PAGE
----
Posts by keirmartland

Liberty in the Age of Trump


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Liberty in the Age of Trump: A Symposium, with Jim Turney


LIBERTY IN THE AGE OF TRUMP, WITH JIM TURNEY
SOUTH KENSINGTON
(4PM-6PM) 18TH FEBRUARY 2017

The Hoop and Toy (upstairs)
34 Thurloe Place, London, SW7 2HQ

Less than a month after the inauguration of Donald Trump as President of the United States, it is still unclear to many what exactly his presidency will mean for civil liberties, immigration, free markets, international trade, and war and peace. To discuss the Trump presidency and the US and European libertarian movements’ continued relevance, all are welcome to Mises UK’s intimate symposium in South Kensington featuring Jim Turney, former US Libertarian Party Chair. Free admission (donations welcome).
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The Trump Presidency Will Not Be a Disaster


The Trump Presidency Will Not Be a Disaster
Keir Martland
5th February 2017

Last night, I spoke at the Cambridge University Conservative Association’s staple event – Port & Policy – for a third time. The motion against which I spoke was that “This House Believes the Trump Presidency Will Be a Disaster.” The following was my argument, though not nearly so eloquently as written up here ex post facto:

It is an undeniable and perhaps regrettable fact that Presidents of the United States affect more people than just citizens of the United States. It therefore, sadly, matters to us which inadequate inhabits the White House far more than it matters who is currently President of Brazil. We are therefore required to pass judgement on US Presidents in a way in which we simply are not with regards to other world leaders. Continue reading

Why was Charles I executed?


Why was Charles I executed?
By Keir Martland 

I am what might be jokingly termed a ‘crypto-Anglican.’ Often, I attend some of the more ‘High Church’ services in the Church of England, principally at my College Chapel when ‘on duty’ as a Warden, alongside my regular attendance of Roman Catholic services. This is partly out of a spirit of ecumenism and partly out of an aesthetic appreciation of Choral Evensong and Anglican High Mass according to the Book of Common Prayer. Indeed, there is much to recommend this kind of Anglicanism to the aesthete. Firstly, the Church of England owns – or rather, is in possession of – all the old Catholic churches in this country, and these churches are invariably the prettiest in the country. Secondly, there is something charming, but also interesting on an academic level, about the Cranmerian English of the Prayer Book, such as in the archaic and foreign-sounding “spare thou them.” Thirdly, the Anglican choral tradition is hard to compete with, and Choral Evensong – at least, at my College Chapel – is a delight for those who enjoy early Stuart and Restoration Era “Mag & Nuncs” and anthems (the works of Orlando Gibbons and Pelham Humphrey are particular favourites of mine). It is this rich tradition that the Personal Ordinariates established by Pope Benedict XVI seek to preserve.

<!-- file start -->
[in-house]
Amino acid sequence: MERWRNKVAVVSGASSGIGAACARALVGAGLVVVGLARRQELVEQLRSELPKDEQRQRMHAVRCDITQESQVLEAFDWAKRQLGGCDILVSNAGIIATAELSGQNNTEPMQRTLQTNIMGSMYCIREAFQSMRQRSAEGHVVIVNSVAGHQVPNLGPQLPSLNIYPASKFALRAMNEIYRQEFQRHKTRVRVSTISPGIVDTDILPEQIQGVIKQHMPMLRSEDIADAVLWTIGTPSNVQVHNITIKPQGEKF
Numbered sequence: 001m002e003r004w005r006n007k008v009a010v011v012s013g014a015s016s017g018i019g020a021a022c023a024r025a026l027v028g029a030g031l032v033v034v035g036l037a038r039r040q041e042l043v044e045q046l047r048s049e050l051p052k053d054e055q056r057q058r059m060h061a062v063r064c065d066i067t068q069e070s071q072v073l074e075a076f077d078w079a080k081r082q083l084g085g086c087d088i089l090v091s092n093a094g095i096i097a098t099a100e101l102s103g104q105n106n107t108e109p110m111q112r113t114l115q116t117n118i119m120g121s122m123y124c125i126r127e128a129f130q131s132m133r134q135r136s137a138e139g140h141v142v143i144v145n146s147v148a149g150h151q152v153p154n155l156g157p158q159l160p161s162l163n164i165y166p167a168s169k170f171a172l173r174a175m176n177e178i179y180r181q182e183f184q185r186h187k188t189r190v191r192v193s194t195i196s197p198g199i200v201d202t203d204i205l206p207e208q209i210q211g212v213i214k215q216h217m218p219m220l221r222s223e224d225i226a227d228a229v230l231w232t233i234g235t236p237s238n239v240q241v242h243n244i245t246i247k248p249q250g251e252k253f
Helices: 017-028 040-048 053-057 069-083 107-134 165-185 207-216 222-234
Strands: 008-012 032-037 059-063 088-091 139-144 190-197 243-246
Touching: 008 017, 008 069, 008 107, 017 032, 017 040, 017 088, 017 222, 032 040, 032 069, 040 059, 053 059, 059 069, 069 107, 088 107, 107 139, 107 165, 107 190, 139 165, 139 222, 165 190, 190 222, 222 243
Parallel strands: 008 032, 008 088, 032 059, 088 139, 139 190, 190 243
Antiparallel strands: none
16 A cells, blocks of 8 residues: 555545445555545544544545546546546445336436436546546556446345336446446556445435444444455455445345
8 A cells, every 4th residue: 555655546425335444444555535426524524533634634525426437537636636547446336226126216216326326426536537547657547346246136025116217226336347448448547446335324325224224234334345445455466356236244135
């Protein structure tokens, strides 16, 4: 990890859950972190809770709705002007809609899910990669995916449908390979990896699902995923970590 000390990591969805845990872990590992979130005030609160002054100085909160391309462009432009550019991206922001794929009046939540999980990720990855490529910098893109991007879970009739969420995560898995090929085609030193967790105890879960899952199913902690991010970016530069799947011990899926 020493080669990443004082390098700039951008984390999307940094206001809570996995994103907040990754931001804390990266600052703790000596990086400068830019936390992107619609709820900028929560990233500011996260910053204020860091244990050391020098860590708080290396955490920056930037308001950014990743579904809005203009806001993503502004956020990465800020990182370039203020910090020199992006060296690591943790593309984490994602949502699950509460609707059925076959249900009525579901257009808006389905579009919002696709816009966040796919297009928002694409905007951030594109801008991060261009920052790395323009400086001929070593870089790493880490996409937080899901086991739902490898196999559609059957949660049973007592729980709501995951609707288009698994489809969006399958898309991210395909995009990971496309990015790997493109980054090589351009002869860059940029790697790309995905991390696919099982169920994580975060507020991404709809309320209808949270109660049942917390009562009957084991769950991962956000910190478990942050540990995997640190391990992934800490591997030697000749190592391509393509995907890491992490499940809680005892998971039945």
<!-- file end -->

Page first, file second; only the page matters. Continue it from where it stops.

And yet I digress already, for it is in a spirit of ecumenism (an entirely benign effect of Vatican II) and not aestheticism that I write today. Today is the 368th anniversary of the execution of the Anglican Martyr King Charles I. 368 years ago, Charles I was executed outside the Banqueting House at Whitehall following two Civil Wars, also known as the Wars of the Three Kingdoms. Charles had lost both Civil Wars and had failed to reach a settlement with the Scots, Parliament, or the Army, and eventually the latter took the initiative to break the deadlock, put him on “trial” following a royalist defeat in the Second Civil War, and murdered him. But why did this happen? Continue reading

Ralph Raico R.I.P.


By David Gordon

I am sorry to have to report that Ralph Raico has passed away. His intellectual brilliance was evident from an early age, and while still in high school, he attended Ludwig von Mises’s seminar at New York University. There he met Murray Rothbard, who became his lifelong friend. Ralph was one of the most brilliant members of Rothbard’s Circle Bastiat. He received a PhD from the University of Chicago, working under Friedrich Hayek. Ralph became the leading historian of classical liberalism and also a renowned authority on revisionist historyHis books Classical Liberalism and the Austrian School and Great Wars and Great Leadersshow penetrating analytical skills, immense learning, and devotion to liberty. He lectured at the Mises University and other conferences of the Mises Institute for many years. Continue reading